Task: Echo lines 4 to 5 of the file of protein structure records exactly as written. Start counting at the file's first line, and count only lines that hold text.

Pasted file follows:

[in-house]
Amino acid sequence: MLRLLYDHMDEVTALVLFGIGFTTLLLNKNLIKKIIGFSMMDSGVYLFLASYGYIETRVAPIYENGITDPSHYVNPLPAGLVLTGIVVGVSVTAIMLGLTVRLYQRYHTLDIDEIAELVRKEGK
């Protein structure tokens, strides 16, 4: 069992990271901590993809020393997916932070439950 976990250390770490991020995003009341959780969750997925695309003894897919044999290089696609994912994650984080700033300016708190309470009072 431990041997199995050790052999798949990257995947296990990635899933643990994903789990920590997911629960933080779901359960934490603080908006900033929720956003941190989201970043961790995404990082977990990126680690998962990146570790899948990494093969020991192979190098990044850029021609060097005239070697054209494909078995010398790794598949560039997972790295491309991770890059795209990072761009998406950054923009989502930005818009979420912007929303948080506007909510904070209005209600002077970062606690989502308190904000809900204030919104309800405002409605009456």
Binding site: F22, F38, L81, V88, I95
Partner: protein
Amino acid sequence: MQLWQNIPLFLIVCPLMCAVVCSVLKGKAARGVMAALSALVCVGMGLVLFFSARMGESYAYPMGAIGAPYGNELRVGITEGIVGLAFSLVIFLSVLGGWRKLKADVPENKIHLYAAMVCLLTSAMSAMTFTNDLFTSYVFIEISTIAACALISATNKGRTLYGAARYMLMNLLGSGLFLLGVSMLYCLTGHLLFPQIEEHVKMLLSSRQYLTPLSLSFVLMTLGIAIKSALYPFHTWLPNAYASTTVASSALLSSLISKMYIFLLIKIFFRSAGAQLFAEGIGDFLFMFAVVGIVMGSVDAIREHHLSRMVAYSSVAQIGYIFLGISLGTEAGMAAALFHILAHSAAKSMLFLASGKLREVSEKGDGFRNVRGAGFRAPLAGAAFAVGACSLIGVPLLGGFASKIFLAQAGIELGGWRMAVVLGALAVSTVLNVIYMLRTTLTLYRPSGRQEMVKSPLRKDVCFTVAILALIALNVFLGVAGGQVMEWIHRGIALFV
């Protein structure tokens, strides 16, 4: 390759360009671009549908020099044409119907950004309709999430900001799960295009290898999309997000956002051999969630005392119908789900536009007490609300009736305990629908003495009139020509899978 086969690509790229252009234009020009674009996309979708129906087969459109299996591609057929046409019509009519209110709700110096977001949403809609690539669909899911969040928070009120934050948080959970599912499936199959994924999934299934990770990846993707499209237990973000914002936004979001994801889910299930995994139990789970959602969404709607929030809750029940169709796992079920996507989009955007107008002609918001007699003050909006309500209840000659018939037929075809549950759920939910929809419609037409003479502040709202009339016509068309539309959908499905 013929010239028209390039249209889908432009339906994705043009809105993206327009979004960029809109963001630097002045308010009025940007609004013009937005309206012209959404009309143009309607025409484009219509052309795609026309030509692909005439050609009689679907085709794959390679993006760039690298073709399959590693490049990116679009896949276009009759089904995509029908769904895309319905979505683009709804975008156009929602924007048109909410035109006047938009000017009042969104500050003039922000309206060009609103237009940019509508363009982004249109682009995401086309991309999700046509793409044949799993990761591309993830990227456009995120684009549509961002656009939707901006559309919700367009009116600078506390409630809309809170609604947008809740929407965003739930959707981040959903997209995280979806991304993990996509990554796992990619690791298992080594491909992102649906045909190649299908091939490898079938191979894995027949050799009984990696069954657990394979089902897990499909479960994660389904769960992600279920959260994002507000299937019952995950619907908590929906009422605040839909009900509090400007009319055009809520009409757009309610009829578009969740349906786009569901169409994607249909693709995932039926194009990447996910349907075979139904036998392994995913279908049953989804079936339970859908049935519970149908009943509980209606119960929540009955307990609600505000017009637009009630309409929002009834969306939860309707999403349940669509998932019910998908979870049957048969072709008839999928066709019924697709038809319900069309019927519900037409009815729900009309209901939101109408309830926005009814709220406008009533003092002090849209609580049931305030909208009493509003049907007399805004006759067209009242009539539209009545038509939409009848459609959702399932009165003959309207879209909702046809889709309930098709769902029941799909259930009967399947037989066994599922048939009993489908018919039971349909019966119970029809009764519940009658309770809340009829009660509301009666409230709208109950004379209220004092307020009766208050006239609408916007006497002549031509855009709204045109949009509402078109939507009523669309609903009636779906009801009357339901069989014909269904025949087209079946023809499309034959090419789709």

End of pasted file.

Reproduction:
Binding site: F22, F38, L81, V88, I95
Partner: protein